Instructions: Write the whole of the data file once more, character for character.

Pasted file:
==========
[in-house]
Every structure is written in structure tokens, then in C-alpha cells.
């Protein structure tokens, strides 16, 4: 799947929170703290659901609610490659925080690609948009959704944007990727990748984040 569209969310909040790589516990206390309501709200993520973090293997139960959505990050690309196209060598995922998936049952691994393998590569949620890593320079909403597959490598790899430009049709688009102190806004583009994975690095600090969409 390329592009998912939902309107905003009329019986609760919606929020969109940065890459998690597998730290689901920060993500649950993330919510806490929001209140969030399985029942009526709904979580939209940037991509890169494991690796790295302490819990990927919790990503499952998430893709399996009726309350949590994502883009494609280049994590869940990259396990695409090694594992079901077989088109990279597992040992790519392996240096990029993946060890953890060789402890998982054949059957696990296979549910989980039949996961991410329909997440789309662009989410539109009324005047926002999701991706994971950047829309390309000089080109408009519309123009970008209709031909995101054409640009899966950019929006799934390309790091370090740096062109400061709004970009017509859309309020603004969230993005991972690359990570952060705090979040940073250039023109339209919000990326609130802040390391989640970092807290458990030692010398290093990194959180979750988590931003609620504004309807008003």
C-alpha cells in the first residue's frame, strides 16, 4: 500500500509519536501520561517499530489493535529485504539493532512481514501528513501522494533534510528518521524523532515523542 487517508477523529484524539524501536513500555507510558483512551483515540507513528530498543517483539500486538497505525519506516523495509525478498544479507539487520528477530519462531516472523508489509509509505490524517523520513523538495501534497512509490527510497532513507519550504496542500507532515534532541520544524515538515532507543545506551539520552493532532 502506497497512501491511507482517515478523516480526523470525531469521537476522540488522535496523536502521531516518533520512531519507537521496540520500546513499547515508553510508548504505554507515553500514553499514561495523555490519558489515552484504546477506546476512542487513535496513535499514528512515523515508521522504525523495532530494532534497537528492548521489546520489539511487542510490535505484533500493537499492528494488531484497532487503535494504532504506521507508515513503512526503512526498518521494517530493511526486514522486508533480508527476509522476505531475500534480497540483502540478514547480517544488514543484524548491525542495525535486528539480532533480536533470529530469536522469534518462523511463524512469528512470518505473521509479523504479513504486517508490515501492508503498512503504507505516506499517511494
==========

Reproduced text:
[in-house]
Every structure is written in structure tokens, then in C-alpha cells.
């Protein structure tokens, strides 16, 4: 799947929170703290659901609610490659925080690609948009959704944007990727990748984040 569209969310909040790589516990206390309501709200993520973090293997139960959505990050690309196209060598995922998936049952691994393998590569949620890593320079909403597959490598790899430009049709688009102190806004583009994975690095600090969409 390329592009998912939902309107905003009329019986609760919606929020969109940065890459998690597998730290689901920060993500649950993330919510806490929001209140969030399985029942009526709904979580939209940037991509890169494991690796790295302490819990990927919790990503499952998430893709399996009726309350949590994502883009494609280049994590869940990259396990695409090694594992079901077989088109990279597992040992790519392996240096990029993946060890953890060789402890998982054949059957696990296979549910989980039949996961991410329909997440789309662009989410539109009324005047926002999701991706994971950047829309390309000089080109408009519309123009970008209709031909995101054409640009899966950019929006799934390309790091370090740096062109400061709004970009017509859309309020603004969230993005991972690359990570952060705090979040940073250039023109339209919000990326609130802040390391989640970092807290458990030692010398290093990194959180979750988590931003609620504004309807008003």
C-alpha cells in the first residue's frame, strides 16, 4: 500500500509519536501520561517499530489493535529485504539493532512481514501528513501522494533534510528518521524523532515523542 487517508477523529484524539524501536513500555507510558483512551483515540507513528530498543517483539500486538497505525519506516523495509525478498544479507539487520528477530519462531516472523508489509509509505490524517523520513523538495501534497512509490527510497532513507519550504496542500507532515534532541520544524515538515532507543545506551539520552493532532 502506497497512501491511507482517515478523516480526523470525531469521537476522540488522535496523536502521531516518533520512531519507537521496540520500546513499547515508553510508548504505554507515553500514553499514561495523555490519558489515552484504546477506546476512542487513535496513535499514528512515523515508521522504525523495532530494532534497537528492548521489546520489539511487542510490535505484533500493537499492528494488531484497532487503535494504532504506521507508515513503512526503512526498518521494517530493511526486514522486508533480508527476509522476505531475500534480497540483502540478514547480517544488514543484524548491525542495525535486528539480532533480536533470529530469536522469534518462523511463524512469528512470518505473521509479523504479513504486517508490515501492508503498512503504507505516506499517511494